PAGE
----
Breaking the trance, she rose from her furs and strode to Argo's tie line. The palomino mare nickered in her feedbag, a soft greeting at the approach of her mistress. She immediately fell quiet as Xena stroked her head and neck. Working quickly, but entirely by feel, Xena unrolled a tightly-bound bundle of oilcloth from the back of Argo's saddle. Untying the rawhide laces, she shook out a woolen horse blanket from its center. Throwing the blanket over Argo she bundled up the oilcloth, and snared two pair of bronze pegs from her saddlebags.
Just around the campfire there was a tree branch that protruded into the center of the camp barely above head height. She made a lean-to of the oilcloth, tossed over the low limb, anchoring the corners and ties of the cloth with the pegs. Then she stepped to where Gabrielle lay sleeping and knelt with her customary feral grace. She reached for her friend's shoulder to shake her awake, but stopped.
By the light of the dying camp fire, Xena looked lovingly at Gabrielle's face. In sleep the bard was as peaceful as a child. A wisp of copper hair trailed across one ear. Her lashes, long and soft, brushed a smooth cheek not aged, nor troubled, by the weight of grief the small figure bore on her sturdy shoulders. The pixieish nose wrinkled and a strong, graceful hand stole from out of the blanket to rub it. Xena smiled.
She stood and stepped over her friend’s sleeping form, kneeling again behind the other woman. Gently sliding her hands and arms under Gabrielle, she quickly stood, holding the sturdy form against her, and shuffled over to the lean-to she had just constructed, feeling for obstructions with her toe. As Xena set her down, Gabrielle stirred, stretched languidly, rolling against Xena's breast.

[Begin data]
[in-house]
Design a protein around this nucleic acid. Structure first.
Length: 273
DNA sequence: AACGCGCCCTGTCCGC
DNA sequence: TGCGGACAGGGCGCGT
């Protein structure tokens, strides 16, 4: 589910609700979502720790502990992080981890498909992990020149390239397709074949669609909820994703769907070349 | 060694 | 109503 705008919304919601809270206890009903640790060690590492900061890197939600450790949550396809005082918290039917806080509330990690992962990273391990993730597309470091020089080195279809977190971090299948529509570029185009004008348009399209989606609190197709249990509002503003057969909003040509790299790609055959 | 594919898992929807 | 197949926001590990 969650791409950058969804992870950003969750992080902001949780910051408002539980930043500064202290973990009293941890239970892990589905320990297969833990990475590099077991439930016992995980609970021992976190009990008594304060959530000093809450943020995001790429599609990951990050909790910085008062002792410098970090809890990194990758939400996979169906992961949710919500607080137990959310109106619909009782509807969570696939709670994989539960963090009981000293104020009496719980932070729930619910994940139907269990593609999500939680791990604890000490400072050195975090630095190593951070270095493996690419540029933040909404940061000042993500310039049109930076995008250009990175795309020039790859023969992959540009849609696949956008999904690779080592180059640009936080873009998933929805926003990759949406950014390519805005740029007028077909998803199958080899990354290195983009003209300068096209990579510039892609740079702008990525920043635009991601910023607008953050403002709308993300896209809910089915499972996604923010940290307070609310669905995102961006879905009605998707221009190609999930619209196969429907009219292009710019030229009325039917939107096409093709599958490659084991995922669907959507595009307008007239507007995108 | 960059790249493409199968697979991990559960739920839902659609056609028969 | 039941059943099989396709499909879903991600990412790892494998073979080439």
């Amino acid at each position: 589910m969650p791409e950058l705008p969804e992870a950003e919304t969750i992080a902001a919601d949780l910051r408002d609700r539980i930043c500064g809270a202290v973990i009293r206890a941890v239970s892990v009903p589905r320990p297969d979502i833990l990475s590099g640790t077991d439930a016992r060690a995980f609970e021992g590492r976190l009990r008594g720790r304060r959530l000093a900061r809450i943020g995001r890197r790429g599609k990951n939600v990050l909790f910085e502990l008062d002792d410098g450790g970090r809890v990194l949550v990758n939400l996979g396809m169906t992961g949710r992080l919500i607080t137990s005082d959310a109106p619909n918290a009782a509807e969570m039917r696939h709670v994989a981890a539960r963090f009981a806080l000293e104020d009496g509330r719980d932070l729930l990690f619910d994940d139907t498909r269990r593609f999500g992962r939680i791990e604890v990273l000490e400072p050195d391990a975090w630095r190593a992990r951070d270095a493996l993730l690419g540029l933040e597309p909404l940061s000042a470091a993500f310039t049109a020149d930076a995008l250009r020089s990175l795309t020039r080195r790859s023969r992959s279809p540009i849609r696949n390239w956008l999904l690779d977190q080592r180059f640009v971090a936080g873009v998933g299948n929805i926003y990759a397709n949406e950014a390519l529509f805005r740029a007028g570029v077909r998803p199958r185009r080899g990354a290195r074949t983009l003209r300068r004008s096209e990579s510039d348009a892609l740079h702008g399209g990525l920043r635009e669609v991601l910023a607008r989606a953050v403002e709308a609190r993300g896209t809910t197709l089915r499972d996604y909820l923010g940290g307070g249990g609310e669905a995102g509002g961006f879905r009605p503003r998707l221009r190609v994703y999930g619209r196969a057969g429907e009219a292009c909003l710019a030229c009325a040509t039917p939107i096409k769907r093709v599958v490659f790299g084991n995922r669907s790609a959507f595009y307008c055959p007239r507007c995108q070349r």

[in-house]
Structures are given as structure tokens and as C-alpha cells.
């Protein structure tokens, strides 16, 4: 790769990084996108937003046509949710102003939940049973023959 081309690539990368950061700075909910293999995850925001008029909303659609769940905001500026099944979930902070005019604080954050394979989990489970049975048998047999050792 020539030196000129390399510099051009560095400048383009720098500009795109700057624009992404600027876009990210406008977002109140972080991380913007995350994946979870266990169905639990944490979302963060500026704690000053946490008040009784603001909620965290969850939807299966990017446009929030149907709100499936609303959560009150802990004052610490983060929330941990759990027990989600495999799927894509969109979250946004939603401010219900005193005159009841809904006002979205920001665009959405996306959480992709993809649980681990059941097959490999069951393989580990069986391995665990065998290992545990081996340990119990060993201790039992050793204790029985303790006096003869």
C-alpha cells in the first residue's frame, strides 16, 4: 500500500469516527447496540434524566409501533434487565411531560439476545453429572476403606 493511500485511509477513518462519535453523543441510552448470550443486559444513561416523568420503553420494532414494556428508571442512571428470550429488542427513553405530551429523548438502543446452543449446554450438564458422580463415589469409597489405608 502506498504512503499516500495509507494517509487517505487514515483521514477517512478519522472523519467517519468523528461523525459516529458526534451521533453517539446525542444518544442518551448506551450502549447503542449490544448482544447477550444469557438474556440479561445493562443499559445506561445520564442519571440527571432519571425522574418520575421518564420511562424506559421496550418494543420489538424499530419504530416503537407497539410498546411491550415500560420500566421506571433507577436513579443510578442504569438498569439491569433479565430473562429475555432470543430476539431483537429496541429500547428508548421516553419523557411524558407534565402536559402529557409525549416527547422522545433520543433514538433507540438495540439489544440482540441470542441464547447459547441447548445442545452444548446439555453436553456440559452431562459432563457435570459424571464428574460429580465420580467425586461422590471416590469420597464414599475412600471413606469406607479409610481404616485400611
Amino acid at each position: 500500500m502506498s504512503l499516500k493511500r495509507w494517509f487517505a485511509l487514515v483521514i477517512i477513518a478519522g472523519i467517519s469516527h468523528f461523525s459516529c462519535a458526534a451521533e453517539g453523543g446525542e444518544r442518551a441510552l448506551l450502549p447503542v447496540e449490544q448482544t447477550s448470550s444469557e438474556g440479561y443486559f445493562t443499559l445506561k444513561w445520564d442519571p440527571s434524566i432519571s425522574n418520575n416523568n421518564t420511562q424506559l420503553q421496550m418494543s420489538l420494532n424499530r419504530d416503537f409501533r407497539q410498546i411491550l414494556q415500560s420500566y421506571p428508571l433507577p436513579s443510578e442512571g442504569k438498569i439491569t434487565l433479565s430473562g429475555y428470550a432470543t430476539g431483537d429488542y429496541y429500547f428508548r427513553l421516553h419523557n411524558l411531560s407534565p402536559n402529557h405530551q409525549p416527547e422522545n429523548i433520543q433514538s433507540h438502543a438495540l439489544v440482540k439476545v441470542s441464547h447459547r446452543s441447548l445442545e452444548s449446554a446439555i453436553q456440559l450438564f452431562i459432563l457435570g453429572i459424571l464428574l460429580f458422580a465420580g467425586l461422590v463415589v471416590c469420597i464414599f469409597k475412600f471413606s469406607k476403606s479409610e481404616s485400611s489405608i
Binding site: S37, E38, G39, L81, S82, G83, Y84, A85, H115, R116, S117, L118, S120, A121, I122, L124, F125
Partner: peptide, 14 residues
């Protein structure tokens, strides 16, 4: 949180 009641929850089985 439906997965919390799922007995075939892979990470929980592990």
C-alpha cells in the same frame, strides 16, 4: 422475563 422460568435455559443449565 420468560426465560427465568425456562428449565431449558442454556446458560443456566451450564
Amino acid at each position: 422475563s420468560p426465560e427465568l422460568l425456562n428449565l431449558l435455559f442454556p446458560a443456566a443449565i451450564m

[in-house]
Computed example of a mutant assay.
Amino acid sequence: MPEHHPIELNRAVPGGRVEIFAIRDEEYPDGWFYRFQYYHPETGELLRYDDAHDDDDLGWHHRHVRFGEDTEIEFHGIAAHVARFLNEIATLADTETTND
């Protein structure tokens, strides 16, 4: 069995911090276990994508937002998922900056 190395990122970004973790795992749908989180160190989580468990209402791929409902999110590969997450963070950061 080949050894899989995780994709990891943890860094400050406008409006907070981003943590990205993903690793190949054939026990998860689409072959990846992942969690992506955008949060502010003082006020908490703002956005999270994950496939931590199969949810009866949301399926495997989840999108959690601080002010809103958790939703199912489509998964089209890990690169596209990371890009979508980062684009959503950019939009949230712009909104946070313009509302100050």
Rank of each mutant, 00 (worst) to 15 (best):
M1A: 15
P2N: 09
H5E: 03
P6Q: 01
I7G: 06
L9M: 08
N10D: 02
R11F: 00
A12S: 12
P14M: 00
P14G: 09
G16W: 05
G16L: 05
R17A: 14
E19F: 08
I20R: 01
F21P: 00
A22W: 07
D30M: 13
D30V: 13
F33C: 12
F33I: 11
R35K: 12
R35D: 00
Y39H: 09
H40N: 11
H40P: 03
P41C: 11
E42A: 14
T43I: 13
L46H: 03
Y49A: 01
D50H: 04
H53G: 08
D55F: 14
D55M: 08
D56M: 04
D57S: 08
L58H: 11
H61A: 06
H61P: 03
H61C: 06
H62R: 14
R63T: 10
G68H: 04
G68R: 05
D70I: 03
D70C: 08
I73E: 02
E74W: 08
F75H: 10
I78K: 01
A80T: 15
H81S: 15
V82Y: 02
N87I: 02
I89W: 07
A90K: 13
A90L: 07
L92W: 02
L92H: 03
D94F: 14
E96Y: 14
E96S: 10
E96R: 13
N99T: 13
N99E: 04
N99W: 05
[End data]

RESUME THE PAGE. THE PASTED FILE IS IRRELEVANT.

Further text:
"Hey, Gabrielle," Xena said softly as she covered her friend again with her Amazon blanket.
"Hey, Xena," Gabrielle replied. She stretched a bit and gathered the blanket in around herself again. "What's up?"
"Nothing. I'm getting us under shelter. It's going to rain soon. Already drizzling, and there's a good-sized storm coming across the mountain. Go back to sleep."
"OK," replied the diminutive Amazon, sleepily. She promptly rolled over, pulling the blanket over her shoulder.
Xena snorted in amused annoyance at being thus dismissed. She stood and walked off a little ways to speak her heart to the empty night.
"I stood in the darkness for so long, took shelter from myself in lies, that her light frightened me. It was so easy to avoid hurt in love. But when she came into my life and wormed her way into my heart, all that changed. Now she is so much a part of me that she can wound me with a careless word.
"So why is it so hard to tell her I love her? It almost seems that the only times I can tell her my feelings is to hide something from her." Xena sighed. "But I find it so hard to tell her to her face that I love her. Why can’t I say those simple little words? ‘I love you, Gabrielle. She has to know I do. She has to know she’s the best thing in my life. Lao Ma was right. It is like a good business investment to serve someone you love. Are we all that cynical? Only why can I only manage to serve her so badly?
"And now — again — I am taking my best and truest friend into the darkness. Again, I go in harm's way and am not strong enough to send her away unwilling. Or to just walk away myself." Xena had never been the praying sort, but now ... "Oh Gods, if you are listening help me protect this young woman from danger. Don’t let me dim her light. Don’t let it go out!"
The battle-hardened warrior's mouth twitched into an ironic grin. "Listen to me! You'd think I was a simpering temple virgin, and not a warrior who's made her own way in the world, for good or ill. Gabrielle has done that to me. She has softened me. Weakened me. Or am I somehow stronger? Huh!" Dissatisfied, her feelings unresolved, she carried her own sleeping roll under cover and wrapped up in the furs, trying to get back to sleep.
Gabrielle, watching from slitted eyes hidden behind her thick lashes, smiled to herself and went back to sleep.
The via Appia, outside the walls of Rome, date unknown.